According to Aristotle, there were two kinds of bodies: terrestrial (natural) and celestial (divine). The terrestrial bodies moved toward their desired place of rest. The celestial bodies were the bodies from the Moon upward, and they moved in a circle in a sort of divine substance called the ether. This explained why the heavenly realm moved in continuous circles. They were in a perpetual contact with the Prime Mover itself, which is the basis of the doctrine of eternal cycles (the Great Year) of an eternal cosmos emanating from the Prime Mover. Thus, motion was explained in the heaven and on earth by the object dividing the substance (air or water on earth, the ether in the heavens) and the substance in turn filling in behind the object to push it along. On earth, objects also fell to the ground in search of their rest unless a mover kept them in their motion. In the heavens, bodies were in their most desired place as long as they were in contact with the Prime Mover.

Reconciling with the Christian Creed

Buridan, along with the other Christian scholars reconciling Aristotelian texts with the Creed, rejected the doctrine of the Great Year and eternal cycles of the universe. Because he viewed the universe as the creation of a rational Creator and thus viewed the universe as having an absolute beginning in time, Buridan, in thinking scientifically, necessarily had to ponder the cause of motion for heavenly bodies, which in turn meant he had to ponder the cause of motion for terrestrial bodies, and he did so in the same atmosphere in which the Condemnations of 1277 were made. So, in Book VIII, Question 12 of the above mentioned work, Buridan appealed to common experience and judged Aristotle’s position to be unsatisfactorily solved. (The question can be found here at Professor Gyula Klim’s site.) Buridan gave the example of a child’s toy, the top. When a top spins, it spins in place so there is no vacuum left behind and thus no antiperistatic effect to impel the top to keep spinning.

As a second example, he described the “smith’s wheel” and how it also moves in a circular motion but does not leave a vacuum. As a third example, he pointed out that if an arrow were sharp at both ends, it would still move in the same way as it would move if the back end were blunt. If the motion were caused by the impulsion of the air moving in behind the arrow as it pierced the air, the arrow with a sharp posterior should not fly as far, but this is not observed. As a fourth example, he described the scenario of a ship moving through water. If the ship is going against the flow and the rowing is stopped, the ship continues on for a while and does not stop immediately. A sailor on deck, however, does not feel the air behind him pushing (impelling) him. He instead feels only the air in front of him resisting him. And if the man were standing at the back of the ship, the strong force from the air rushing in behind the ship and pushing it along ought to knock the man violently into the cargo.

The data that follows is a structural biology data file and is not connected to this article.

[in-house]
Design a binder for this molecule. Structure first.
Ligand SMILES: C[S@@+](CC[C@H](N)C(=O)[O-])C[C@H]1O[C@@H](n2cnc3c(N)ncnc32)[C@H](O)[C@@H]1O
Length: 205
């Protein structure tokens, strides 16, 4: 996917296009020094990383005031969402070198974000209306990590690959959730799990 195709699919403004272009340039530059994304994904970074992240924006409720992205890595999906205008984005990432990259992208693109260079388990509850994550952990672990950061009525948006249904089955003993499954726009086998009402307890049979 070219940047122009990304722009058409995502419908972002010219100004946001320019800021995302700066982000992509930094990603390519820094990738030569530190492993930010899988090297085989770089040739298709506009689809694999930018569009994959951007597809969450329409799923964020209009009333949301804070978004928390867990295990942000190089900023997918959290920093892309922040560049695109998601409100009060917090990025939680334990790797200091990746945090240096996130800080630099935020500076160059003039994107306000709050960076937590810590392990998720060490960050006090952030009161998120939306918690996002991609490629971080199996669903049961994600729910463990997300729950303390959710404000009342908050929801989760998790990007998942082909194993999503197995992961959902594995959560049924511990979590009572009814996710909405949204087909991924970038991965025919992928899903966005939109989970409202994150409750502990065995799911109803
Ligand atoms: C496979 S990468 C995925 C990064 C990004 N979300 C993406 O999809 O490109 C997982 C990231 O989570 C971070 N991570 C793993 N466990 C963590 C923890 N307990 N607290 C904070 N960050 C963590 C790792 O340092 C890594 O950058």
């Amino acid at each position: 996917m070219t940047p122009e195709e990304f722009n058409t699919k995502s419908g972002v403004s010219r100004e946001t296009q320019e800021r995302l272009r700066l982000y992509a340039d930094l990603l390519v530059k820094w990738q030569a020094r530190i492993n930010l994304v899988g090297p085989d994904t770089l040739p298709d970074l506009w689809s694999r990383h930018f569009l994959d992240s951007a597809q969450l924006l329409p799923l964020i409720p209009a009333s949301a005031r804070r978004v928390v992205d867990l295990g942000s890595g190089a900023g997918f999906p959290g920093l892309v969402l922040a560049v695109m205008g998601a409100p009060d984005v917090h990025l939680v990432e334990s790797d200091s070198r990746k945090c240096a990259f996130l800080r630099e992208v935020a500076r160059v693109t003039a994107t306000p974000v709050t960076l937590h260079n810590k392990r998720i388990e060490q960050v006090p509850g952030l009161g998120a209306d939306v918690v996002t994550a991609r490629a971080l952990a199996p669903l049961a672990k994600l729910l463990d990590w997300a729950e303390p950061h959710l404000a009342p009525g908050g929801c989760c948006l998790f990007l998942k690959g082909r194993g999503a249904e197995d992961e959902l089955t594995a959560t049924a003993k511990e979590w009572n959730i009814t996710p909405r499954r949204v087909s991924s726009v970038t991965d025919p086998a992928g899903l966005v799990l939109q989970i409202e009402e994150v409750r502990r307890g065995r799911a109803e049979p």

Experience shows in all of these scenarios that antiperistasis is false. Buridan then argued that if, fundamentally, motion is maintained by continuous contact with a mover, then there is no explanation for how the top or the smith’s wheel can continue to move after the hand is removed, for even if a cloth surrounds the top or the wheel on all sides blocking any movement of air, it still spins after the hand is removed. Further, he argued, common experience shows that when a person pushes his hand through the air, he does not feel the air behind his hand pushing it along whether he has a stone in it or not. Buridan concluded that since, in those cases, there is no air to impel motion, no hand to sustain it, no rowing to move it, there must be another explanation. This is how he arrived at his impetus theory (see paragraph 6):
Thus we can and ought to say that in the stone or other projectile there is impressed something which is the motive force (virtus motiva) of that projectile. And this is evidently better than falling back on the statement that the air continues to move that projectile. For the air appears rather to resist. Therefore, it seems to me that it ought to be said that the motor in moving a moving body impresses (imprimit) in it a certain impetus or a certain motive force (vis motiva) of the moving body, [which impetus acts] in the direction toward which the mover was moving the moving body, either up or down, or laterally, or circularly. And by the amount the motor moves that moving body more swiftly, by the same amount it will impress in it a stronger impetus.
The impetus continues to move a stone after the hand throws it, and the impetus is continually decreased by the resisting air and by the gravity of the stone. He also related impetus to mass: